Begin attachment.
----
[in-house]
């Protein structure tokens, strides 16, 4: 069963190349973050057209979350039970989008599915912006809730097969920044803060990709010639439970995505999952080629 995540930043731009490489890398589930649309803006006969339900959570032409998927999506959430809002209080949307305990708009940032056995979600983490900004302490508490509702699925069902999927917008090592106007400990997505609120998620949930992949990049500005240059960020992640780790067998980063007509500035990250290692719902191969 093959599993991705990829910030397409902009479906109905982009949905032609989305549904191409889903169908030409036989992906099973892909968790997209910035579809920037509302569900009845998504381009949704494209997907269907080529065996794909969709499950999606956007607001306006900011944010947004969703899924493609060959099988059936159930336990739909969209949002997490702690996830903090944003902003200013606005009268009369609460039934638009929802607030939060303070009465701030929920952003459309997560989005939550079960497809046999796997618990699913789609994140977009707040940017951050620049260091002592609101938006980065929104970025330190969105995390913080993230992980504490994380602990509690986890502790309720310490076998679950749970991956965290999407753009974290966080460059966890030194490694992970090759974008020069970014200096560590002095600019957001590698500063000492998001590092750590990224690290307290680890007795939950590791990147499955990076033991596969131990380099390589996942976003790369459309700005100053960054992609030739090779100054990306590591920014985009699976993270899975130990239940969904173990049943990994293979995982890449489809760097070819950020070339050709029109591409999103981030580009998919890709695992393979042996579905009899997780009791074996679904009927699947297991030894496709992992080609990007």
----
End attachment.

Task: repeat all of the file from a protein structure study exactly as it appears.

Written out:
[in-house]
């Protein structure tokens, strides 16, 4: 069963190349973050057209979350039970989008599915912006809730097969920044803060990709010639439970995505999952080629 995540930043731009490489890398589930649309803006006969339900959570032409998927999506959430809002209080949307305990708009940032056995979600983490900004302490508490509702699925069902999927917008090592106007400990997505609120998620949930992949990049500005240059960020992640780790067998980063007509500035990250290692719902191969 093959599993991705990829910030397409902009479906109905982009949905032609989305549904191409889903169908030409036989992906099973892909968790997209910035579809920037509302569900009845998504381009949704494209997907269907080529065996794909969709499950999606956007607001306006900011944010947004969703899924493609060959099988059936159930336990739909969209949002997490702690996830903090944003902003200013606005009268009369609460039934638009929802607030939060303070009465701030929920952003459309997560989005939550079960497809046999796997618990699913789609994140977009707040940017951050620049260091002592609101938006980065929104970025330190969105995390913080993230992980504490994380602990509690986890502790309720310490076998679950749970991956965290999407753009974290966080460059966890030194490694992970090759974008020069970014200096560590002095600019957001590698500063000492998001590092750590990224690290307290680890007795939950590791990147499955990076033991596969131990380099390589996942976003790369459309700005100053960054992609030739090779100054990306590591920014985009699976993270899975130990239940969904173990049943990994293979995982890449489809760097070819950020070339050709029109591409999103981030580009998919890709695992393979042996579905009899997780009791074996679904009927699947297991030894496709992992080609990007």